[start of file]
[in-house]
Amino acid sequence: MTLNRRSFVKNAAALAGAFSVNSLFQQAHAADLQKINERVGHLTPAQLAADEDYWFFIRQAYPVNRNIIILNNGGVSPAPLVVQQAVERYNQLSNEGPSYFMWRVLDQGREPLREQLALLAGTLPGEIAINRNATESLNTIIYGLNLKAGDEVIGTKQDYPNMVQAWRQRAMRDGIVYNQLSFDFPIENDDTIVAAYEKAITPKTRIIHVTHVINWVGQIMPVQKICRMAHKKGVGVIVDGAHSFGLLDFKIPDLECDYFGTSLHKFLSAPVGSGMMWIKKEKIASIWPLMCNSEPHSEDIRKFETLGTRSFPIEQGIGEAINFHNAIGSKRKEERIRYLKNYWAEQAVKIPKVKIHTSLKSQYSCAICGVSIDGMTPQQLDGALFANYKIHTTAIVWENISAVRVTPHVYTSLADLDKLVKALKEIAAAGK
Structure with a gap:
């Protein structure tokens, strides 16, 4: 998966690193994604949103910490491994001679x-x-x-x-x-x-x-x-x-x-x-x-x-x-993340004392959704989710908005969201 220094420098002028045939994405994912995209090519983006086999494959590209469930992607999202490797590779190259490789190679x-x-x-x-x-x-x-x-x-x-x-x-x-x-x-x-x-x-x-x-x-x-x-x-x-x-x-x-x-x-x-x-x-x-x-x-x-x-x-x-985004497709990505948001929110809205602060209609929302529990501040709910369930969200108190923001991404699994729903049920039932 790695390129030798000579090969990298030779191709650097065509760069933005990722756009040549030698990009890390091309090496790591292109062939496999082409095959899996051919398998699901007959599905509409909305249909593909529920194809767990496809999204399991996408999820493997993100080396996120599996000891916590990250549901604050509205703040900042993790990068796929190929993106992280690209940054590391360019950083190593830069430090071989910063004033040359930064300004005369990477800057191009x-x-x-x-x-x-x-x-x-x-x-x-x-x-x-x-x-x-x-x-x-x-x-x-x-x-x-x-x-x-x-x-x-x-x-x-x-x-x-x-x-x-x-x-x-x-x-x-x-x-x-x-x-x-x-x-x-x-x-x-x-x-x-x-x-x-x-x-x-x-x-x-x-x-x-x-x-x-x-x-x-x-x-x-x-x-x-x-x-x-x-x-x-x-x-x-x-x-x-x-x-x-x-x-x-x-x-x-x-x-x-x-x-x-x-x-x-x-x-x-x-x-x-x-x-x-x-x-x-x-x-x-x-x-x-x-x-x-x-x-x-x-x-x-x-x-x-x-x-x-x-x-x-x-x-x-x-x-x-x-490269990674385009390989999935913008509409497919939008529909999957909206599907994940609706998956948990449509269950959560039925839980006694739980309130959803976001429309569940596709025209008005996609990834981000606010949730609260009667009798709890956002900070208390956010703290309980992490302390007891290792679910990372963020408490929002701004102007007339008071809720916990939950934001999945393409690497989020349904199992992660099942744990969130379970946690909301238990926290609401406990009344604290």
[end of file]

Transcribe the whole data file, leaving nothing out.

[in-house]
Amino acid sequence: MTLNRRSFVKNAAALAGAFSVNSLFQQAHAADLQKINERVGHLTPAQLAADEDYWFFIRQAYPVNRNIIILNNGGVSPAPLVVQQAVERYNQLSNEGPSYFMWRVLDQGREPLREQLALLAGTLPGEIAINRNATESLNTIIYGLNLKAGDEVIGTKQDYPNMVQAWRQRAMRDGIVYNQLSFDFPIENDDTIVAAYEKAITPKTRIIHVTHVINWVGQIMPVQKICRMAHKKGVGVIVDGAHSFGLLDFKIPDLECDYFGTSLHKFLSAPVGSGMMWIKKEKIASIWPLMCNSEPHSEDIRKFETLGTRSFPIEQGIGEAINFHNAIGSKRKEERIRYLKNYWAEQAVKIPKVKIHTSLKSQYSCAICGVSIDGMTPQQLDGALFANYKIHTTAIVWENISAVRVTPHVYTSLADLDKLVKALKEIAAAGK
Structure with a gap:
């Protein structure tokens, strides 16, 4: 998966690193994604949103910490491994001679x-x-x-x-x-x-x-x-x-x-x-x-x-x-993340004392959704989710908005969201 220094420098002028045939994405994912995209090519983006086999494959590209469930992607999202490797590779190259490789190679x-x-x-x-x-x-x-x-x-x-x-x-x-x-x-x-x-x-x-x-x-x-x-x-x-x-x-x-x-x-x-x-x-x-x-x-x-x-x-x-985004497709990505948001929110809205602060209609929302529990501040709910369930969200108190923001991404699994729903049920039932 790695390129030798000579090969990298030779191709650097065509760069933005990722756009040549030698990009890390091309090496790591292109062939496999082409095959899996051919398998699901007959599905509409909305249909593909529920194809767990496809999204399991996408999820493997993100080396996120599996000891916590990250549901604050509205703040900042993790990068796929190929993106992280690209940054590391360019950083190593830069430090071989910063004033040359930064300004005369990477800057191009x-x-x-x-x-x-x-x-x-x-x-x-x-x-x-x-x-x-x-x-x-x-x-x-x-x-x-x-x-x-x-x-x-x-x-x-x-x-x-x-x-x-x-x-x-x-x-x-x-x-x-x-x-x-x-x-x-x-x-x-x-x-x-x-x-x-x-x-x-x-x-x-x-x-x-x-x-x-x-x-x-x-x-x-x-x-x-x-x-x-x-x-x-x-x-x-x-x-x-x-x-x-x-x-x-x-x-x-x-x-x-x-x-x-x-x-x-x-x-x-x-x-x-x-x-x-x-x-x-x-x-x-x-x-x-x-x-x-x-x-x-x-x-x-x-x-x-x-x-x-x-x-x-x-x-x-x-x-x-x-490269990674385009390989999935913008509409497919939008529909999957909206599907994940609706998956948990449509269950959560039925839980006694739980309130959803976001429309569940596709025209008005996609990834981000606010949730609260009667009798709890956002900070208390956010703290309980992490302390007891290792679910990372963020408490929002701004102007007339008071809720916990939950934001999945393409690497989020349904199992992660099942744990969130379970946690909301238990926290609401406990009344604290």